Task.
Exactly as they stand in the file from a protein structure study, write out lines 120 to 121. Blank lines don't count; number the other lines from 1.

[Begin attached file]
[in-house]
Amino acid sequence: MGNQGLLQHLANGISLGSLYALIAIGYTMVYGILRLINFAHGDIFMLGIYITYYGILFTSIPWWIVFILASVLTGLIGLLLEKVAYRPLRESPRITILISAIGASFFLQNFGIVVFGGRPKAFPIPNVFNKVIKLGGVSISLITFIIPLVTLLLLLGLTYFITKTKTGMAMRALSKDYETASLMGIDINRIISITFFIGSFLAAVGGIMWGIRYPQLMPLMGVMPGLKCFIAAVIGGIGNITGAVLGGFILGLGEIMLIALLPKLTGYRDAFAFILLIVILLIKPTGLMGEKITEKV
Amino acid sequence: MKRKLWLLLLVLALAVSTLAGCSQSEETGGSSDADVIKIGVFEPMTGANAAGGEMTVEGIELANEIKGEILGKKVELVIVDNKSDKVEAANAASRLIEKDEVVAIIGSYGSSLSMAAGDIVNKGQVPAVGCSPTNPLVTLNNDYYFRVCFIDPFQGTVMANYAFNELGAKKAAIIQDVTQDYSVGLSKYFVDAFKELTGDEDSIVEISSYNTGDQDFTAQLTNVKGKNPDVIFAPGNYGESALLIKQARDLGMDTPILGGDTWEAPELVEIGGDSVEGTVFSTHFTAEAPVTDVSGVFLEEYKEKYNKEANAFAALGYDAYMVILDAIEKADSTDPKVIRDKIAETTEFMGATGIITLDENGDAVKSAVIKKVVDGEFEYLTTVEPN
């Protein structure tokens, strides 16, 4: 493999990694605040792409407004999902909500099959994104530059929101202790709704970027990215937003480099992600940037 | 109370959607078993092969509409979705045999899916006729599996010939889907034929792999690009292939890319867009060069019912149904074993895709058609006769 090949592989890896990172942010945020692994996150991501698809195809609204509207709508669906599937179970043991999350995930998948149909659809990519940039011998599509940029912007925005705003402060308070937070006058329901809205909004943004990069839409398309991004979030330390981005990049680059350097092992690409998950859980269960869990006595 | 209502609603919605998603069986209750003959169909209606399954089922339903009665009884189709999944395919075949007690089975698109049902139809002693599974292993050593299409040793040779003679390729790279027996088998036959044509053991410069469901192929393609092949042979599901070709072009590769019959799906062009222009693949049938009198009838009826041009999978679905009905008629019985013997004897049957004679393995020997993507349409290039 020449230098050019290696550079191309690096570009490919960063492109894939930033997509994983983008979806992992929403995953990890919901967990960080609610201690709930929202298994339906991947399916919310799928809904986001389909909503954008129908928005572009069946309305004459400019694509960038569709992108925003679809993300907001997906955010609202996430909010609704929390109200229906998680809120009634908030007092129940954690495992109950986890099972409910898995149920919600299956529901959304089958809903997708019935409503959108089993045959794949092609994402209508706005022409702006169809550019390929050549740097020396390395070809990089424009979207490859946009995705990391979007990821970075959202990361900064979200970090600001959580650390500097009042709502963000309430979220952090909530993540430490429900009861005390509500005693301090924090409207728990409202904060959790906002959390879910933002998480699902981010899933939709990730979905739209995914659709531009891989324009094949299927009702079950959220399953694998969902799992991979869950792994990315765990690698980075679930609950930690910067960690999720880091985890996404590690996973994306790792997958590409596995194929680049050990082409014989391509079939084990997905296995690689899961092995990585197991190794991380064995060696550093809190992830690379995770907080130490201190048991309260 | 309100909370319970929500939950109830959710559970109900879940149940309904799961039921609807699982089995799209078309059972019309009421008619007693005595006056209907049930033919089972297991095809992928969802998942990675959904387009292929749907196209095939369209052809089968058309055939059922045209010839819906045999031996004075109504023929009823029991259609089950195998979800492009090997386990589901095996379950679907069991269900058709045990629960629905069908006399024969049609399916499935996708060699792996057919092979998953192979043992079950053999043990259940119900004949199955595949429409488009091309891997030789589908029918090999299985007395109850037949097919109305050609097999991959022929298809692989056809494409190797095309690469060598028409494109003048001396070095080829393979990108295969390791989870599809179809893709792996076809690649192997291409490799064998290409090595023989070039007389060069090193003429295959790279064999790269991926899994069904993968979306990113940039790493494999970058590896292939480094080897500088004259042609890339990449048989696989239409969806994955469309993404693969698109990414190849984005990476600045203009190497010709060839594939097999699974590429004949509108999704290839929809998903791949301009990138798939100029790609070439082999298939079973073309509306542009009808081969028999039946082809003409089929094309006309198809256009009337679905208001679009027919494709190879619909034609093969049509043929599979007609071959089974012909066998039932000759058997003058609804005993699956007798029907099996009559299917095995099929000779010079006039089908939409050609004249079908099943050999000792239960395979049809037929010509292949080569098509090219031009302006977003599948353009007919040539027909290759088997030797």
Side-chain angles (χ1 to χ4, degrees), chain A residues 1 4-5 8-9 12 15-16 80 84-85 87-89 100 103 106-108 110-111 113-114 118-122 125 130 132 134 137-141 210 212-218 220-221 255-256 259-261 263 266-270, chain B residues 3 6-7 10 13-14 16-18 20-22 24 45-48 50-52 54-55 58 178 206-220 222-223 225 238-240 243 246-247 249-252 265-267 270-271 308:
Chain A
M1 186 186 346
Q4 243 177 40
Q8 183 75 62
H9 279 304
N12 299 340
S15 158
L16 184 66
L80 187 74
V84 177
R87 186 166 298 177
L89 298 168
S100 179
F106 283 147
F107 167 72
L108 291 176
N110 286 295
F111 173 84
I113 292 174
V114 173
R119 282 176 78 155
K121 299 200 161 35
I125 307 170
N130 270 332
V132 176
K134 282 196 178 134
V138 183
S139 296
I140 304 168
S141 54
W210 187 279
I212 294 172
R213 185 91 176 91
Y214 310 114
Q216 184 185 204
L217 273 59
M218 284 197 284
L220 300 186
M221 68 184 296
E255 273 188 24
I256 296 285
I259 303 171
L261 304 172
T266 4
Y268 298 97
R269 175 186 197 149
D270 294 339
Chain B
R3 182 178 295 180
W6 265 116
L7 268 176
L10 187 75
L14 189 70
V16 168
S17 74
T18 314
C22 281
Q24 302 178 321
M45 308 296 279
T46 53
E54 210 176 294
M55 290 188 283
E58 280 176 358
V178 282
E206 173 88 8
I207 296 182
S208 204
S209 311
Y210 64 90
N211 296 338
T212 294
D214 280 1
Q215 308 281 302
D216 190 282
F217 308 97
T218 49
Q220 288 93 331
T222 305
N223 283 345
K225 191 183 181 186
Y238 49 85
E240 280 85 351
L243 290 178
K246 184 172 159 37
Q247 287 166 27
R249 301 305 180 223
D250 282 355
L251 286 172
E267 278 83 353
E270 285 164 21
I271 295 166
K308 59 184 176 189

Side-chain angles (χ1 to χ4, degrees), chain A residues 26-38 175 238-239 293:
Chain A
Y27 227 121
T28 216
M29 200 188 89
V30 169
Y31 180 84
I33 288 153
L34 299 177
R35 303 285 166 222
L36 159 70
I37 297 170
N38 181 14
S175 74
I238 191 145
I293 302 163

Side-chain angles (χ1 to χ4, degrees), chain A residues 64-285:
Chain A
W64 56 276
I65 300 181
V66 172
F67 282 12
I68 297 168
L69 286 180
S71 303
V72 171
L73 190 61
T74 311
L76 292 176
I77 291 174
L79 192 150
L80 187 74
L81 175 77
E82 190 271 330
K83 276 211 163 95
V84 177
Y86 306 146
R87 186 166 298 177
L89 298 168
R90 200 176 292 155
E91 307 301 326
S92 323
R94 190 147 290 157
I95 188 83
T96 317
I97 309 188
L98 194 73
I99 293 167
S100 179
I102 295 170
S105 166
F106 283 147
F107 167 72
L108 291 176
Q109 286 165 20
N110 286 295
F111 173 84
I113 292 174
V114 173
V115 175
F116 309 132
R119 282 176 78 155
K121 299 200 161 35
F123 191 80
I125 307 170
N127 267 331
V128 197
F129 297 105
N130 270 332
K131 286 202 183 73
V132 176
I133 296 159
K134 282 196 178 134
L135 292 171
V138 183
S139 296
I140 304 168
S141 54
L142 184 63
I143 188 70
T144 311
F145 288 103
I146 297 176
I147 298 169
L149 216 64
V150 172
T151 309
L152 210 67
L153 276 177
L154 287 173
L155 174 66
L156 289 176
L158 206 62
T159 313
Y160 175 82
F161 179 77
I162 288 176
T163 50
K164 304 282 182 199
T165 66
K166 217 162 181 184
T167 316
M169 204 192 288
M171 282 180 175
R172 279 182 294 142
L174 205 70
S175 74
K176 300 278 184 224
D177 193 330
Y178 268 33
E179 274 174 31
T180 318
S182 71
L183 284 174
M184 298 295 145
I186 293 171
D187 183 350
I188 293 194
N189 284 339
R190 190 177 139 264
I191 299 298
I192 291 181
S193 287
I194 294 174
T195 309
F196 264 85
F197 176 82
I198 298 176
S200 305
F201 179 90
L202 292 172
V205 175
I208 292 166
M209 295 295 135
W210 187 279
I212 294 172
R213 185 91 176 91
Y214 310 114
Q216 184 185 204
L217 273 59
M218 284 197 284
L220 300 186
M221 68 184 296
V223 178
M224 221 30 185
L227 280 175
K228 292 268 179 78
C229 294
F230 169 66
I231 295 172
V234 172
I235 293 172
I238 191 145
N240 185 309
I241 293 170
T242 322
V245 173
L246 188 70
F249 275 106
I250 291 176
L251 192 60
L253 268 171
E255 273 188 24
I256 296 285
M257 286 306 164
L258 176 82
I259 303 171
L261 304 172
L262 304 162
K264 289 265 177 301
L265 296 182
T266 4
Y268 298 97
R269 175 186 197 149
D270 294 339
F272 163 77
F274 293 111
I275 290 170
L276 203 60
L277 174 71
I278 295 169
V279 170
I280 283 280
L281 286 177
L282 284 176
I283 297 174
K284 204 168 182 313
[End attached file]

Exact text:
I68 297 168
L69 286 180